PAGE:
A man was in critical condition Wednesday after falling three stories down an elevator shaft of a University City high-rise, fire officials said. Around 2:30 p.m., the man, whose name was not released, fell three floors inside a tower of the University City Science Center, officials said. Rescue workers removed the man from the basement of the building and took him to the Hospital of the University of Pennsylvania, where he was being treated for trauma wounds, the official said.
NEWS
September 11, 2012 | By Thomas Phakane and Michelle Faul, Associated Press
MARIKANA, South Africa - Chanting miners wielding machetes, clubs and spears marched from shaft to shaft of South Africa's beleaguered Lonmin platinum mine Monday, trying to intimidate the few workers who reported for duty in the fourth week of a crippling strike whose impact has already included dozens of miners killed by police. At one point on the six-mile trek, a striker lashed a whip at a man accused of reporting for work. He took off across the scrubland with dozens of men waving machetes and clubs in pursuit.
NEWS
July 22, 2012 | Judi Dash
There are beach umbrellas and beach shelters. The Sport-Brella is both, and then some. You open it like a regular umbrella, but one with an enormous 8-foot wing span. And instead of standing straight up atop its shaft, the umbrella rests on its back, with the shaft at a supportive tilt from the ground. What you get is a concave half wall and sheltering overhang. For extra stability and wind-resistance on sand and soft ground, tie-down loops are sewn in all along the bottom rim (stakes included)
NEWS
May 25, 2012 | By Julie Shaw and Daily News STAFF WRITER
Whoa! Someone got quite a scare this morning at the Convention Center Parking garage on North Broad Street, between Race and Cherry Streets, in Center City. A black Infiniti, with a driver inside, partially fell down a ground-level car lift before 10 a.m. Andrew Afandor, an employee with the 1st Choice Response Unit tow-truck company, who was there afterward waiting to tow the car away, said he heard this account from garage employees: A garage worker had gotten into the Infiniti G375, which was in front of a closed elevator door.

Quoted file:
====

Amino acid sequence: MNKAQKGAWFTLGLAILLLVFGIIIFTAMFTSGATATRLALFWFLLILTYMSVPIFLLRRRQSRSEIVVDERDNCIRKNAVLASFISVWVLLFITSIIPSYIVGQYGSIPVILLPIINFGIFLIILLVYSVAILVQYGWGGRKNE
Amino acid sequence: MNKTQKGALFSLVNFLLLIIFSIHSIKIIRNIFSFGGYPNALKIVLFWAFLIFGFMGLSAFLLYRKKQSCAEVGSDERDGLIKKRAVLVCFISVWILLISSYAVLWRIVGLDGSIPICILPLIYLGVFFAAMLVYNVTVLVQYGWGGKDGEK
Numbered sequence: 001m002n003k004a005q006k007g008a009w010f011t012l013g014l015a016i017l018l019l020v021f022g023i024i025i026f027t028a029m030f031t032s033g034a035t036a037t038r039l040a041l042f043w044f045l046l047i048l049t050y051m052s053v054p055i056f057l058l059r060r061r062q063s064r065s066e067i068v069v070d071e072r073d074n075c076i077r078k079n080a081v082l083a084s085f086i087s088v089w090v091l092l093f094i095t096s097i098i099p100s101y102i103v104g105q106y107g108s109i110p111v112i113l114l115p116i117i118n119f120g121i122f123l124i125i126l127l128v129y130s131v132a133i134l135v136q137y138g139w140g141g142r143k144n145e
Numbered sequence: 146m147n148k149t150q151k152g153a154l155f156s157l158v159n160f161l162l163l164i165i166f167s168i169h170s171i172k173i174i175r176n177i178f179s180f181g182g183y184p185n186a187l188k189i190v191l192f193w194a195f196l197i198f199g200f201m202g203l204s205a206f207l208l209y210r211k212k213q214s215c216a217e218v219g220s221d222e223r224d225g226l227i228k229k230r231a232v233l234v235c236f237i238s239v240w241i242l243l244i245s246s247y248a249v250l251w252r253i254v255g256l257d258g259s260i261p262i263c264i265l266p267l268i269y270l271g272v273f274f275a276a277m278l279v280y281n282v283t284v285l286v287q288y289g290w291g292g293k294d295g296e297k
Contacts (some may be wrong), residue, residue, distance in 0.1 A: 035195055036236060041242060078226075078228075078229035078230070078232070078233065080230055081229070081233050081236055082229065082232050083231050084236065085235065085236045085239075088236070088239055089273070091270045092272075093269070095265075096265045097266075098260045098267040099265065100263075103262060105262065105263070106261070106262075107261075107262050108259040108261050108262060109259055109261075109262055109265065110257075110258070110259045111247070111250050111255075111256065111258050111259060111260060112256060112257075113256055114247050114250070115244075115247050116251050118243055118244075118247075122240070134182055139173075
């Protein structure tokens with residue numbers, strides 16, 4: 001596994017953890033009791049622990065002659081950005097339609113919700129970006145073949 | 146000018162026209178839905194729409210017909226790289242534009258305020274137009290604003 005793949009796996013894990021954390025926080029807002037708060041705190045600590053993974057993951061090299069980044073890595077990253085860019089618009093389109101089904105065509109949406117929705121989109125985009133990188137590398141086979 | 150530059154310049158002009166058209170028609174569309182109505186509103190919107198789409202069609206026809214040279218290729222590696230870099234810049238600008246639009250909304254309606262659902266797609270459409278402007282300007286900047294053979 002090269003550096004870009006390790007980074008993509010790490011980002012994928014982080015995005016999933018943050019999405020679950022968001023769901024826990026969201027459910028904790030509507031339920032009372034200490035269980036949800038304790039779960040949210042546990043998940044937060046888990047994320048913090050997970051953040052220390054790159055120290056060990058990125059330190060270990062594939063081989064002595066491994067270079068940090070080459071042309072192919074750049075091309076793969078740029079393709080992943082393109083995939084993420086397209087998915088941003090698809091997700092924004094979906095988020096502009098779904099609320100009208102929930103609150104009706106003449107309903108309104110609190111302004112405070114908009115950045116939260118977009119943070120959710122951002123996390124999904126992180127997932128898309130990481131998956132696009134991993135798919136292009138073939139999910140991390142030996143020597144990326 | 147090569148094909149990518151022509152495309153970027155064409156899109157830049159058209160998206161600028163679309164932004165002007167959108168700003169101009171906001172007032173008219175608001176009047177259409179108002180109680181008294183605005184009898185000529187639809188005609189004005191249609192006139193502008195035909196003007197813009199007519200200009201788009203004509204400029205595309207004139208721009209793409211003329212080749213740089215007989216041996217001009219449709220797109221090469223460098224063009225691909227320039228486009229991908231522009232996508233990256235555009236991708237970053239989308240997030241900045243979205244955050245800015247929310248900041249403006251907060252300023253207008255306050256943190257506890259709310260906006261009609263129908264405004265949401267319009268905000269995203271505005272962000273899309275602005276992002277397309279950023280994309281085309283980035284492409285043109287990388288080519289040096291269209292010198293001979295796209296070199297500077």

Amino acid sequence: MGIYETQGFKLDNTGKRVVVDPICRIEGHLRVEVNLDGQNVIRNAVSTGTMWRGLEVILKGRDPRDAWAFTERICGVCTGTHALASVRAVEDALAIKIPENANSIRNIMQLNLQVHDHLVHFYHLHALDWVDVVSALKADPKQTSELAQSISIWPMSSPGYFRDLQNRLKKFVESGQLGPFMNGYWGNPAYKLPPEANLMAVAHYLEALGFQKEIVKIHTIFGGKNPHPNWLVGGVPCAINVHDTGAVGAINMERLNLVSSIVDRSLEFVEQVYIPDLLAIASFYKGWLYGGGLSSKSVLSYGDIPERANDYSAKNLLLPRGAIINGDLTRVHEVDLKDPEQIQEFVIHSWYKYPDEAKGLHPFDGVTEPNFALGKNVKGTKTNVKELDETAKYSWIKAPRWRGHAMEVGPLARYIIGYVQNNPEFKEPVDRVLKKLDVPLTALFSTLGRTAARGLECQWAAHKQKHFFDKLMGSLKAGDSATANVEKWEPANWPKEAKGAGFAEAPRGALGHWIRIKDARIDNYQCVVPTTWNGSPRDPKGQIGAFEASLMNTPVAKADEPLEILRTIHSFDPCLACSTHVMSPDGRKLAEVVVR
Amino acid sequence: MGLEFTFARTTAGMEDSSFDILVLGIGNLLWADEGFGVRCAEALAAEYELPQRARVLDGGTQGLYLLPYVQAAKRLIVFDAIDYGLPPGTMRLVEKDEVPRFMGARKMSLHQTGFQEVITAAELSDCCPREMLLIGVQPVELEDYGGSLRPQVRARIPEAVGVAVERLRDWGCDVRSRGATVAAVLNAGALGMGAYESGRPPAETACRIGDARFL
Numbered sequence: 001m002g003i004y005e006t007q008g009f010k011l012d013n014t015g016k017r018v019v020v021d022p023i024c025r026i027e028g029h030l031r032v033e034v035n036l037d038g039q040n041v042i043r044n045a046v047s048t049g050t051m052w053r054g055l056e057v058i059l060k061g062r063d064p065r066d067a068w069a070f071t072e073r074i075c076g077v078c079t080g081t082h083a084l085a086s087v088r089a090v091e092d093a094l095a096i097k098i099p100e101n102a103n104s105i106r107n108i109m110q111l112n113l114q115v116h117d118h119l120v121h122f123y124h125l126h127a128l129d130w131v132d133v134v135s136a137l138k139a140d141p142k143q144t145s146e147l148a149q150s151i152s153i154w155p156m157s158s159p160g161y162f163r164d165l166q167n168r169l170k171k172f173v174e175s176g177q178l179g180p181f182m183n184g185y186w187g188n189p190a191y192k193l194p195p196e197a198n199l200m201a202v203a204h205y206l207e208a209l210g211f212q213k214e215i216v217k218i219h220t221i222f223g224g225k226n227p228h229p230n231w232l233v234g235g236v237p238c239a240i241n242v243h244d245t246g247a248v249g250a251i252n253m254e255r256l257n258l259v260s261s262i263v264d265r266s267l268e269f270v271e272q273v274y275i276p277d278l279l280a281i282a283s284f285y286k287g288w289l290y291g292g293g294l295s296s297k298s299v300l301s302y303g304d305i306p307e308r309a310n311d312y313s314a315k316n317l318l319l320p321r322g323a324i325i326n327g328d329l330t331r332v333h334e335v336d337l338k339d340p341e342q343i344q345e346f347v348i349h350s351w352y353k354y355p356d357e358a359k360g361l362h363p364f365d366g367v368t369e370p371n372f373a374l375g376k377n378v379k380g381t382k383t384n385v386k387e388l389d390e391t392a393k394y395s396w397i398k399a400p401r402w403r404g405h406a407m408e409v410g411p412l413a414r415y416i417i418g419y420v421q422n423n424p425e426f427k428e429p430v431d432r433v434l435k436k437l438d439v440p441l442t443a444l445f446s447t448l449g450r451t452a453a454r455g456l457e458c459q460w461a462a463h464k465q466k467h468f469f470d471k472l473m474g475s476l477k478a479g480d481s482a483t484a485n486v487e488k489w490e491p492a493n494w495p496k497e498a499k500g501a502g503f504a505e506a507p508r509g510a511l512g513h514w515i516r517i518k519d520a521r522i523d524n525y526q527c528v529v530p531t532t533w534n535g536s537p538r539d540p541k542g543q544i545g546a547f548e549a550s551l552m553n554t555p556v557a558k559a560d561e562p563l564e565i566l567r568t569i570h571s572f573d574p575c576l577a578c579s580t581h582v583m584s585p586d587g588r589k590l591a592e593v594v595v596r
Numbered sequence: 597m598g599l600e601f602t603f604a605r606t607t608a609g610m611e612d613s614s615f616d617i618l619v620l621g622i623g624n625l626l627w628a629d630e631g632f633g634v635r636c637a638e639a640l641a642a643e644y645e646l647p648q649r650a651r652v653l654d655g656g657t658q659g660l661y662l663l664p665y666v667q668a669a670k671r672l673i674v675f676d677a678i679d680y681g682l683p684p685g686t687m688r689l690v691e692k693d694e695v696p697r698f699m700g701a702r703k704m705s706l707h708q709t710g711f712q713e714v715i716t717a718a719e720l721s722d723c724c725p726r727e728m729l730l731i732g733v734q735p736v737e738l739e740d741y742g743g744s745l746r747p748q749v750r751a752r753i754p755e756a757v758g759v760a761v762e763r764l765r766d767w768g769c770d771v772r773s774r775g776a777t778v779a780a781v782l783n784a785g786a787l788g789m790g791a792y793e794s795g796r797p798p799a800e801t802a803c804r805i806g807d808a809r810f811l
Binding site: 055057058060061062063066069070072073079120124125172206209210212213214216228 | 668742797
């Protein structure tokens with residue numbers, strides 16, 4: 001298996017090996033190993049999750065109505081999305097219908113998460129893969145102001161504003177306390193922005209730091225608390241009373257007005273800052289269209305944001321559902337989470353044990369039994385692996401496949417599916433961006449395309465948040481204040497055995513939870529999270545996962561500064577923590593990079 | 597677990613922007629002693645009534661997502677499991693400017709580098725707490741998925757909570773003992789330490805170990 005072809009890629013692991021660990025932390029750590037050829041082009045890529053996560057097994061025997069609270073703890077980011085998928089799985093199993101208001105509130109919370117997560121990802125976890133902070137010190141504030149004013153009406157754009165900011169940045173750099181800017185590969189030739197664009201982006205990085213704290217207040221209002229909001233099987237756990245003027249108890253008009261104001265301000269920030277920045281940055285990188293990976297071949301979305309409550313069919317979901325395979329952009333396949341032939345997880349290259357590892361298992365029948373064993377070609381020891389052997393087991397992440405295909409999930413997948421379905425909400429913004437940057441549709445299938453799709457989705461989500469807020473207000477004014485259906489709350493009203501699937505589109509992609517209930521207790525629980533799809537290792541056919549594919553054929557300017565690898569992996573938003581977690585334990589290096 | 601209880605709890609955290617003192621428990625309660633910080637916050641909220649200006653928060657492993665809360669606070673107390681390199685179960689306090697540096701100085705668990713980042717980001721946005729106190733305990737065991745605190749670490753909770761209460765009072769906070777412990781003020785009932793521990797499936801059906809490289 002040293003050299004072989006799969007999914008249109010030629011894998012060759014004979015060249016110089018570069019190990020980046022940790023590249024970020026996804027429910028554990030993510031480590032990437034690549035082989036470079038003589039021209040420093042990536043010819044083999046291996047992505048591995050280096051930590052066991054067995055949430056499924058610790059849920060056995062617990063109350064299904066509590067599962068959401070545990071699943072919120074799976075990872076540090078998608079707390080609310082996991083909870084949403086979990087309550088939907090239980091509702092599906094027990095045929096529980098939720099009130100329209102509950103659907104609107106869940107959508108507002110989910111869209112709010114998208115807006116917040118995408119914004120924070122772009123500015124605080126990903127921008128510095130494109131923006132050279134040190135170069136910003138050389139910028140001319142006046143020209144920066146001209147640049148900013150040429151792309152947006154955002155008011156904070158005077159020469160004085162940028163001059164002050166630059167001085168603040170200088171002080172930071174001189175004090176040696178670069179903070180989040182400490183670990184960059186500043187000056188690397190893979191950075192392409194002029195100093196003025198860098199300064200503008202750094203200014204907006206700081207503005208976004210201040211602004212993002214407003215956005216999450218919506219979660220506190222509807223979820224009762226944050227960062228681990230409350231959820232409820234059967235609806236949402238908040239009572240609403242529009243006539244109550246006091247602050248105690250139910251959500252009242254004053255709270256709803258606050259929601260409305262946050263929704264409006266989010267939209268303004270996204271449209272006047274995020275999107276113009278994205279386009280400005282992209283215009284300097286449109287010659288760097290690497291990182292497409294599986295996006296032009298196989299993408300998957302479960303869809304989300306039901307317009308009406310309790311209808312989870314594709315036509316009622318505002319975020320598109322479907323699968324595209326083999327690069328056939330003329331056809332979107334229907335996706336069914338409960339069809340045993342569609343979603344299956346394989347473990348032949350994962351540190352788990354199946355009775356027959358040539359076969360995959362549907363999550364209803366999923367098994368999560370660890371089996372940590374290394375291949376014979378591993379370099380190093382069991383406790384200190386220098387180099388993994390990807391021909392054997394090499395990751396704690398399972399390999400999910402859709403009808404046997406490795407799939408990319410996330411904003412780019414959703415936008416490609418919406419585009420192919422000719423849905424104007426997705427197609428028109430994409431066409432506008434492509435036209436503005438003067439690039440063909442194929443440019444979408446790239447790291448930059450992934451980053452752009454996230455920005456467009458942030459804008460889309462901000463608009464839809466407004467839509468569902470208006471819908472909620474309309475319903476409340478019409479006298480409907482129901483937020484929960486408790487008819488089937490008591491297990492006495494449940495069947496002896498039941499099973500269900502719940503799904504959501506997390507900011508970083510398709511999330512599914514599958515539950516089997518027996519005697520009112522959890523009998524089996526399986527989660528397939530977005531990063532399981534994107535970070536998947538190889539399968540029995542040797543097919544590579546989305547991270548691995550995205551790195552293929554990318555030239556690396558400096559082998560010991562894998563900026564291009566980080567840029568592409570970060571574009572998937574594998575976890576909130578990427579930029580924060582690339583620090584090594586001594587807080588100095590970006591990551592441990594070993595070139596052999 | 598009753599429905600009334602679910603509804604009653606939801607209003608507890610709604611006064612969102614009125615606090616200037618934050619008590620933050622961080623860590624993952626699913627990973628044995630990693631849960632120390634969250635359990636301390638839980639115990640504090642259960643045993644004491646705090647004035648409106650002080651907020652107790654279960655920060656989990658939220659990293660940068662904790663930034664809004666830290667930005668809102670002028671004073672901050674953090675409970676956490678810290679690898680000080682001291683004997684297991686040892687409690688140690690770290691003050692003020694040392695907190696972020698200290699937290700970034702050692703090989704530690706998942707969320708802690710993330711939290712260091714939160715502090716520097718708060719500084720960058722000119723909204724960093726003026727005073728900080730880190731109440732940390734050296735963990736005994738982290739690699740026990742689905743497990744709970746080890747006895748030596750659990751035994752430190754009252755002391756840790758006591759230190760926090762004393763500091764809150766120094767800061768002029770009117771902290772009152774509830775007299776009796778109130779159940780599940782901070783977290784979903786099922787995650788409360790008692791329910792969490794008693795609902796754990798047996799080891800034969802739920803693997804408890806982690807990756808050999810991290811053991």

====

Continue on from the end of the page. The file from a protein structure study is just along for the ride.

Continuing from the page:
SPORTS
March 12, 2012
With Temple carrying the local banner and Drexel's omission getting plenty of Selection Sunday debate, here are 20 questions and answers about this year's NCAA tournament.   1. Drexel didn't make it. But how did this Selection Committee treat the Dragons? Like gum on their feet. Officially, 27-6 Drexel was one of four teams left outside the field with Oral Roberts, Miami and Nevada. We wrote all along that the committee was going to have to make a philosophical decision - the team or the profile.
NEWS
January 19, 2012 | Staff Report
A man who allegedly broke into an Atlantic City Electric facility in Pleasantville fell down an elevator shaft and had to be rescued overnight. He and three other men with him were captured and arrested by police, according to Bridget Shelton, a spokeswoman for Atlantic City Electric. Initial police reports for a rescue and trauma call for help came in about 1 a.m. to Egg Harbor Police. Crews discovered the man, who said he believed both his ankles were broken. However, medical reports were not available as of early this morning.
NEWS
October 31, 2011 | BY MARK D. SCHWARTZ, ESQ
BACK ABOUT the time of the first Detroit automotive bailout, in 1980, folksinger Tom Paxton penned the lyrics of a popular song, sung by Arlo Guthrie, called "I'm Changing My Name to Chrysler. " The first chorus was as follows: I am changing my name to Chrysler I am going down to Washing- ton, D.C. I will tell some power broker What they did for Iacocca Will be perfectly acceptable to me I am changing my name to Chrysler I am headed for that great receiving line So when they hand a million grand out I'll be standing with my hand out Yessiree, I'll get mine . Fast-forward 30 years, and we're doing it again.